LOFAR (Low Frequency Array) is a low-frequency radio interferometer composed by observing stations scattered throughout Europe. The array covers the frequency range, largely unexplored, spanning from 10 to 240 MHz with unprecedented sharpness and sensitivity. LOFAR is an international telescope managed by ASTRON through the International LOFAR Telescope (ILT) foundation, as an observatory open to the global astronomical community. In terms of performance, architecture, dimensions and operating modes, LOFAR is one of the natural precursors to the Square Kilometre Array (SKA).
To know more on LOFAR visit the international LOFAR website and the Italian LOFAR.IT website.
Staff: R. Baldi, F. Bedosti, G. Bernardi, M. Bondi, G. Brunetti, E. Carretti, R. Cassano, J. Monari, R. Paladino, F. Perini, I. Prandoni, T. Venturi
Collaborators: A. Bonafede, E. Bonnassieux, M. Brienza, L. Bruno, D. Dallacasa, C. Gheller, A. Ignesti, K. Rajpurohit, N. Locatelli, C. Riseley, Stuardi, F. Vazza
The technology behind LOFAR
LOFAR is based on a series of simple omnidirectional antennas, rather than on the use of large reflector antennas (typically parabolic antennas), connected together by an enormous transmission and signal processing network. Unlike traditional radio telescopes, LOFAR has no moving parts. It is, in fact, made up of thousands of small elementary antennas, which work together thanks to beamforming techniques (at the single station level) and interferometry (between the stations) performed entirely on an electrical or electronic level. This approach allows at the same time to obtain wide fields of view, thanks to the use of non-directive elementary antennas, and high sensitivity, as the low cost of the individual antennas allows their production and deployment on the field in large numbers. There are two types of antennas for each station: high-frequency antennas (HBA, 110-240 MHz) and low-frequency antennas (LBA, 10-90 MHz). To compose radio images of the sky with adequate sharpness, these antennas must be placed in stations located at a great distance from each other. The global extension of the array has now covered a large part of Europe, including (in addition to its central core in the Netherlands) stations in France, Germany, Ireland, Poland, Sweden and the United Kingdom. The high number of antennas requires at the same time high-speed data networks (Terabit/s) and supercomputing processing systems (dozens of Tera-FLOPS), necessarily placing LOFAR at the forefront in both fields. A decade after its inauguration in 2010, LOFAR needs modernization, to guarantee its operations at the highest levels up to 2030. In particular, in the context of the LOFAR2.0 project, the intention is to replace the receiving and acquisition system of the antennas, called RCU (Receiver Control Unit), so as to allow simultaneous observation with both bands/antennas, with great advantage in terms of calibration of the ionosphere in the low- frequency band. The creation of a new receiver also aims at making LOFAR more robust against interfering signals, which are increasing in number due to the introduction of new broadcasting services.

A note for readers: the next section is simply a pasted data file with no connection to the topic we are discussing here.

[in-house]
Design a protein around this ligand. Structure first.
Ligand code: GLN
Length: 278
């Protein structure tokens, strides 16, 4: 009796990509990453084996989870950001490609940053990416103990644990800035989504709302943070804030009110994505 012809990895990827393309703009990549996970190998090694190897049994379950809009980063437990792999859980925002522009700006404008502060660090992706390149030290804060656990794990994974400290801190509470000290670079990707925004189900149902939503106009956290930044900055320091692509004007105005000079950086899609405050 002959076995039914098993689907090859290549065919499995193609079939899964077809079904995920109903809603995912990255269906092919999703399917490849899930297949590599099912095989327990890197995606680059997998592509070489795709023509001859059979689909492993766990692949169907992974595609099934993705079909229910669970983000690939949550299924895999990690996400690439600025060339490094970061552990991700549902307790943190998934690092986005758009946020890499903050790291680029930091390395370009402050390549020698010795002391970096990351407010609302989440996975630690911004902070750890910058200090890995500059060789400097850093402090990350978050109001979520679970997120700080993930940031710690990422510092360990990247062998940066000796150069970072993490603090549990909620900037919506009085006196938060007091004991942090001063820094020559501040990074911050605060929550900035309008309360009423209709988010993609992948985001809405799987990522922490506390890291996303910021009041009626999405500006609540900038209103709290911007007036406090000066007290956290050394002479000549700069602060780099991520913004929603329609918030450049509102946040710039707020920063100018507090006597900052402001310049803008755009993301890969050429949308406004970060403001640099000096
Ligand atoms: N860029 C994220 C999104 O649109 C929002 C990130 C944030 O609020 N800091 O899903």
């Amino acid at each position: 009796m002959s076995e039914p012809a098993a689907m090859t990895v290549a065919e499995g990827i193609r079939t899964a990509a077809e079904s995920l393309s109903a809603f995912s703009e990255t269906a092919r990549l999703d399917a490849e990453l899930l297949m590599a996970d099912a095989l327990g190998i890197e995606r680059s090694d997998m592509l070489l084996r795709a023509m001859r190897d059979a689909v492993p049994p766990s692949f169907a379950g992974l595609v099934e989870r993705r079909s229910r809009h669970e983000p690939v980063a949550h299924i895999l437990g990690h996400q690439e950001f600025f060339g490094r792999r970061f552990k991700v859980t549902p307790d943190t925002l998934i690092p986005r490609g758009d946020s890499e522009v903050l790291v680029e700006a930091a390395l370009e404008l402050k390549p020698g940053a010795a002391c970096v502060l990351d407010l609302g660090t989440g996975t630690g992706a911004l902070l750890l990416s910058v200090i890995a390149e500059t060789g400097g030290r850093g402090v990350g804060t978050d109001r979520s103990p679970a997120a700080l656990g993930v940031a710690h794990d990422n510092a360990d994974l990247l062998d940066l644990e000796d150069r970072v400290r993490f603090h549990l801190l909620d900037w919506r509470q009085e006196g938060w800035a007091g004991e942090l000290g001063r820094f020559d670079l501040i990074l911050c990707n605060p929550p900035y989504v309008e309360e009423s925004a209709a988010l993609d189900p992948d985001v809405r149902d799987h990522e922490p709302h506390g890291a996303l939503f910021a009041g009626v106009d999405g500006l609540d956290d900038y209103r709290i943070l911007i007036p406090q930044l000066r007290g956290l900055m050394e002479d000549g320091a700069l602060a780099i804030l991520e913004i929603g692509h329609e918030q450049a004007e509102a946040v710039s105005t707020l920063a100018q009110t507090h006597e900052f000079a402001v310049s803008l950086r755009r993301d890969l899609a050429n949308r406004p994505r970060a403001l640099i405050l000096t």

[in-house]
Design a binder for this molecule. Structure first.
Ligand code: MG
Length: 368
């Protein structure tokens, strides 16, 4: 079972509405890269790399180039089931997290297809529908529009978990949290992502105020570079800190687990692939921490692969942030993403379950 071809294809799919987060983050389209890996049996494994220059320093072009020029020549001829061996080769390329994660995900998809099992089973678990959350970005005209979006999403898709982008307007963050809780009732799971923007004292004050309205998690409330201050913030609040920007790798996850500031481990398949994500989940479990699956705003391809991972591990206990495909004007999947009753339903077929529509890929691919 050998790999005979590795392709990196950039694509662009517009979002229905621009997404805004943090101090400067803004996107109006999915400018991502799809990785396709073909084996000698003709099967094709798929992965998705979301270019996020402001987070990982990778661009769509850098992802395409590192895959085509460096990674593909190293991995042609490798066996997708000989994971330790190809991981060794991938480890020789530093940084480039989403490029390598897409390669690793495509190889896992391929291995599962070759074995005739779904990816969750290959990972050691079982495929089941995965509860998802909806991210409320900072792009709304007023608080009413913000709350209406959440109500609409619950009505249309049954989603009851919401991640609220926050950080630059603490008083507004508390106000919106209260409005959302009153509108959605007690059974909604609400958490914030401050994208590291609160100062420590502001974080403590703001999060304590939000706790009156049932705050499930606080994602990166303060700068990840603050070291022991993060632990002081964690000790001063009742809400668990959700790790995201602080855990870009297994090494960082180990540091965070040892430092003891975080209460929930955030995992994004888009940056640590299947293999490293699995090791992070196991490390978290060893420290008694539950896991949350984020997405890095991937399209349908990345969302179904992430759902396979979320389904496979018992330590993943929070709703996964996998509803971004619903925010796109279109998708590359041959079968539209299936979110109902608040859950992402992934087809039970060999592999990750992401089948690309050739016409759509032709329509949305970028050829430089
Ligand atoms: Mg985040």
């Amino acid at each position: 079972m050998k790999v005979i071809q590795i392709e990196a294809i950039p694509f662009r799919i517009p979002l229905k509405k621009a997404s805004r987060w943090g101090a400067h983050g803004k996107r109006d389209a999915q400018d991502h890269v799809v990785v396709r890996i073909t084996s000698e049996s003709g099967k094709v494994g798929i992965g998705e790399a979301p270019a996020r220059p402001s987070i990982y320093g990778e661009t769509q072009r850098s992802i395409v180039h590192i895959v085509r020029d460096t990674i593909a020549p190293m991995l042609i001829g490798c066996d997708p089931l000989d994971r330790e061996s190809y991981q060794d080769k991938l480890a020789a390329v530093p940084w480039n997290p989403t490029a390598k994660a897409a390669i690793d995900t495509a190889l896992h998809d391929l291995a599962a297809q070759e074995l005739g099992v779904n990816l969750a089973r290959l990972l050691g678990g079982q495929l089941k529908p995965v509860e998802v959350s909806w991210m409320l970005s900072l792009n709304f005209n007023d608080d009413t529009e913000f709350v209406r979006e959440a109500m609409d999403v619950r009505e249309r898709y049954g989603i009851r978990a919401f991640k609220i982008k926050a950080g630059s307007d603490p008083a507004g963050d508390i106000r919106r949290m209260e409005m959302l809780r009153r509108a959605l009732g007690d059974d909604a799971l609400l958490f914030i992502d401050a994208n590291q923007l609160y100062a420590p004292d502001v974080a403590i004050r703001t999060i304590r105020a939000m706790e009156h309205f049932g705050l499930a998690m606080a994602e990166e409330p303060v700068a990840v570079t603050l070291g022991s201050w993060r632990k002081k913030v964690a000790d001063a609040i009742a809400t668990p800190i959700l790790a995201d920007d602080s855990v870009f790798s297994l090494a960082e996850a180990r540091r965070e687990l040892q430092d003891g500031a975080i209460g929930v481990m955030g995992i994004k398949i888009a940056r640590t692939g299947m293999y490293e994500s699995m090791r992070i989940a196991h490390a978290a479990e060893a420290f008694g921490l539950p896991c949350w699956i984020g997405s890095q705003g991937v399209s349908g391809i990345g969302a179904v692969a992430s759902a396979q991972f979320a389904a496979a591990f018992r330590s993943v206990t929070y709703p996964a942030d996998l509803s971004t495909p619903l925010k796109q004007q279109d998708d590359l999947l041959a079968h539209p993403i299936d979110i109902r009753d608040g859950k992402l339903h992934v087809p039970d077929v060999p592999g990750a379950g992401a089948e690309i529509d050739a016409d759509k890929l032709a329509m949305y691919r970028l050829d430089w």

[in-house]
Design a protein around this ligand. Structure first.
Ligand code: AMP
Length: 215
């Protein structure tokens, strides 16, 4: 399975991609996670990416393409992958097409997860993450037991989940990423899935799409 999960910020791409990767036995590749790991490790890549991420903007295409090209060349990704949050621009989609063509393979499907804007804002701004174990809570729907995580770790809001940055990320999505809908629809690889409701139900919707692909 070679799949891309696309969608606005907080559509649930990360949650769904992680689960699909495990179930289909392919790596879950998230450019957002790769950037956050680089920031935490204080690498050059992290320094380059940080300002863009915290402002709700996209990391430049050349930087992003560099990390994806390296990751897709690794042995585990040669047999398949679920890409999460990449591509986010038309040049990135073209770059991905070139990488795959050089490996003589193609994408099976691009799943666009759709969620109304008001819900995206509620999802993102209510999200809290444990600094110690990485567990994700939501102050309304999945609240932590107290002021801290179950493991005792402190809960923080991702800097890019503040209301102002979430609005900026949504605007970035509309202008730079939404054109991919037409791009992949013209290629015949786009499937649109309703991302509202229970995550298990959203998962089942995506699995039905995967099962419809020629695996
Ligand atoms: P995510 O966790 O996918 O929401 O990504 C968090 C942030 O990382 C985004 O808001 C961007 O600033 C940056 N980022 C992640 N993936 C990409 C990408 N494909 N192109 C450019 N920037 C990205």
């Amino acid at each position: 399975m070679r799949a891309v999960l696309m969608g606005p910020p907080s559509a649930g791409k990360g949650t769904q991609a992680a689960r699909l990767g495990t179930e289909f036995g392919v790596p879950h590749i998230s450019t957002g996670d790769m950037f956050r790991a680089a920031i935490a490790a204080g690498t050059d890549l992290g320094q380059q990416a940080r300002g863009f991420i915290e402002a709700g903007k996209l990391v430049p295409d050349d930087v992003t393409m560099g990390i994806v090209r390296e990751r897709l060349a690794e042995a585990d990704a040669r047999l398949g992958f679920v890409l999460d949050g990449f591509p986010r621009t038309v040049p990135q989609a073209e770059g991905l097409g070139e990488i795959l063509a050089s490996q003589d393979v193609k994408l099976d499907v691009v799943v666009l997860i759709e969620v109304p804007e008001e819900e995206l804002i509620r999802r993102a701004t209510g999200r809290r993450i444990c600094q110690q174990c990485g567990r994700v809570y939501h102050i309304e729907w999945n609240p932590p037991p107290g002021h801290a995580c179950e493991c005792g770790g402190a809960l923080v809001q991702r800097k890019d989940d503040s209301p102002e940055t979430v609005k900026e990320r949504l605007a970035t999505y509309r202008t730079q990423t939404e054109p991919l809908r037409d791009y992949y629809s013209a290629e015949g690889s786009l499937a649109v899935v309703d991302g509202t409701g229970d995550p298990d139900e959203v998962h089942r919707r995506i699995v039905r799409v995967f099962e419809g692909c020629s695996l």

LOFAR and the Medicina Station
The LOFAR.IT consortium, led by INAF and including the Physics Department of the University of Turin, aims to provide Italian scientists with the optimal conditions for accessing and analysing LOFAR data, maximising the scientific impact of their research. Its plans also include the acquisition of a LOFAR 2.0 station, to be installed at the Medicina radio astronomical Station by 2021-22. In this context, IRA technologists are, in collaboration with colleagues at ASTRON, designing the new antenna reception and acquisition boards. The goal is to create two separate boards, called RCU_L and RCU_H, capable of amplifying, filtering and finally acquiring the signals from the respective antennas in the 10-90 MHz and 110-240 MHz bands. The specific requirements in terms of sensitivity, dynamics, costs and consumption make the work comparable to the technological challenge undertaken by the staff of the Medicina Station as part of the SKA-LOW project, of which LOFAR constitutes a precursor.
The LOFAR-IT computing infrastructure
One of the main issues connected to LOFAR is the management of the so-called ‘Big Data’. Indeed, LOFAR data requires the use of powerful computers that can manage the calibration and analysis of large amounts of information. INAF manages the national computational infrastructure for LOFAR analysis which is distributed in three sites: IRA, Astronomical Observatory of Trieste and Catania Astrophysical Observatory. IRA is the largest of the three sites and is currently composed of 8 computational nodes, 5 of which financed by the European project DRANOEL (PI: A. Bonafede). Each node consists of 48-64 cores and 384-512 GB of RAM. The hub has around 300 TB available for data storage. The most advanced software for analyzing LOFAR data are installed and continuously updated on the computers, including that developed within the LOFAR Key Science Programs. Typically over a hundred TB of data per year are analyzed at the IRA site.
Figures A, B: ASTRON/International LOFAR Telescope